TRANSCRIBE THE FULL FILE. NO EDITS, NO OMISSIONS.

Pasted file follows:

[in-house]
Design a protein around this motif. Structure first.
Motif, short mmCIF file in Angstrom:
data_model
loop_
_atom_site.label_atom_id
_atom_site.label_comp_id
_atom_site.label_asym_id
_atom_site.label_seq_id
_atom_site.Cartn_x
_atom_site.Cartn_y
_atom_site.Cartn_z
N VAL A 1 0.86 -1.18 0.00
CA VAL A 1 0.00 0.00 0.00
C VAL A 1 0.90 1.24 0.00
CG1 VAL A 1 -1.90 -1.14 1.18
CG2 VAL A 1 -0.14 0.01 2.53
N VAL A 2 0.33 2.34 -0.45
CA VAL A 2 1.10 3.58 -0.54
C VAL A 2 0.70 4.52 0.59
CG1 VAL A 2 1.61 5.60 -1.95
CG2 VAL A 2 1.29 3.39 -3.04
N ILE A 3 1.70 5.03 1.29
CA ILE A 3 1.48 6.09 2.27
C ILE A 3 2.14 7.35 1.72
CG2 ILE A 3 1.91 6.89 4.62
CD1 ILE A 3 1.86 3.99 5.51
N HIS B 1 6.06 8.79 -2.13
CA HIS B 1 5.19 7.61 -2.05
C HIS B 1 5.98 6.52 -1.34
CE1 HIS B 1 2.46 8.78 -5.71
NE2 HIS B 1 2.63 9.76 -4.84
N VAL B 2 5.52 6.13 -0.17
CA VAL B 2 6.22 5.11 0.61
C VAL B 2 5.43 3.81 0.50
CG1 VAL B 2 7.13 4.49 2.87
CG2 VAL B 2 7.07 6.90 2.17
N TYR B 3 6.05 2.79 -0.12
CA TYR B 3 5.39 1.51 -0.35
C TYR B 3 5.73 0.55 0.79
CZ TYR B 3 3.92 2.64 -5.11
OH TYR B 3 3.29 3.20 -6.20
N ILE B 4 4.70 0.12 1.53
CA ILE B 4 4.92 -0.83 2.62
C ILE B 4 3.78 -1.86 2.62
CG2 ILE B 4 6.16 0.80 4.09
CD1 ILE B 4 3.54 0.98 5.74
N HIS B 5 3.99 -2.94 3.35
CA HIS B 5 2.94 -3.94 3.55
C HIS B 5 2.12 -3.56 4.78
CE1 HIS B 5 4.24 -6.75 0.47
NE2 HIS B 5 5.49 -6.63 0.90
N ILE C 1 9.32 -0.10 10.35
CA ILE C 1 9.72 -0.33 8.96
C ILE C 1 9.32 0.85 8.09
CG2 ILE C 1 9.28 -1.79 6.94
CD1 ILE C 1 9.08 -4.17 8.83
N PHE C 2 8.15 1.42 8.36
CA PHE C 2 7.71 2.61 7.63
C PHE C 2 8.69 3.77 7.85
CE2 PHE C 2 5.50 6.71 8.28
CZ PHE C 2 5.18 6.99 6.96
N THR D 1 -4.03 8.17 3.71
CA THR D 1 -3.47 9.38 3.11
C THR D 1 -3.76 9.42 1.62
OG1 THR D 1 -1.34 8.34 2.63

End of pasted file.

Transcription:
[in-house]
Design a protein around this motif. Structure first.
Motif, short mmCIF file in Angstrom:
data_model
loop_
_atom_site.label_atom_id
_atom_site.label_comp_id
_atom_site.label_asym_id
_atom_site.label_seq_id
_atom_site.Cartn_x
_atom_site.Cartn_y
_atom_site.Cartn_z
N VAL A 1 0.86 -1.18 0.00
CA VAL A 1 0.00 0.00 0.00
C VAL A 1 0.90 1.24 0.00
CG1 VAL A 1 -1.90 -1.14 1.18
CG2 VAL A 1 -0.14 0.01 2.53
N VAL A 2 0.33 2.34 -0.45
CA VAL A 2 1.10 3.58 -0.54
C VAL A 2 0.70 4.52 0.59
CG1 VAL A 2 1.61 5.60 -1.95
CG2 VAL A 2 1.29 3.39 -3.04
N ILE A 3 1.70 5.03 1.29
CA ILE A 3 1.48 6.09 2.27
C ILE A 3 2.14 7.35 1.72
CG2 ILE A 3 1.91 6.89 4.62
CD1 ILE A 3 1.86 3.99 5.51
N HIS B 1 6.06 8.79 -2.13
CA HIS B 1 5.19 7.61 -2.05
C HIS B 1 5.98 6.52 -1.34
CE1 HIS B 1 2.46 8.78 -5.71
NE2 HIS B 1 2.63 9.76 -4.84
N VAL B 2 5.52 6.13 -0.17
CA VAL B 2 6.22 5.11 0.61
C VAL B 2 5.43 3.81 0.50
CG1 VAL B 2 7.13 4.49 2.87
CG2 VAL B 2 7.07 6.90 2.17
N TYR B 3 6.05 2.79 -0.12
CA TYR B 3 5.39 1.51 -0.35
C TYR B 3 5.73 0.55 0.79
CZ TYR B 3 3.92 2.64 -5.11
OH TYR B 3 3.29 3.20 -6.20
N ILE B 4 4.70 0.12 1.53
CA ILE B 4 4.92 -0.83 2.62
C ILE B 4 3.78 -1.86 2.62
CG2 ILE B 4 6.16 0.80 4.09
CD1 ILE B 4 3.54 0.98 5.74
N HIS B 5 3.99 -2.94 3.35
CA HIS B 5 2.94 -3.94 3.55
C HIS B 5 2.12 -3.56 4.78
CE1 HIS B 5 4.24 -6.75 0.47
NE2 HIS B 5 5.49 -6.63 0.90
N ILE C 1 9.32 -0.10 10.35
CA ILE C 1 9.72 -0.33 8.96
C ILE C 1 9.32 0.85 8.09
CG2 ILE C 1 9.28 -1.79 6.94
CD1 ILE C 1 9.08 -4.17 8.83
N PHE C 2 8.15 1.42 8.36
CA PHE C 2 7.71 2.61 7.63
C PHE C 2 8.69 3.77 7.85
CE2 PHE C 2 5.50 6.71 8.28
CZ PHE C 2 5.18 6.99 6.96
N THR D 1 -4.03 8.17 3.71
CA THR D 1 -3.47 9.38 3.11
C THR D 1 -3.76 9.42 1.62
OG1 THR D 1 -1.34 8.34 2.63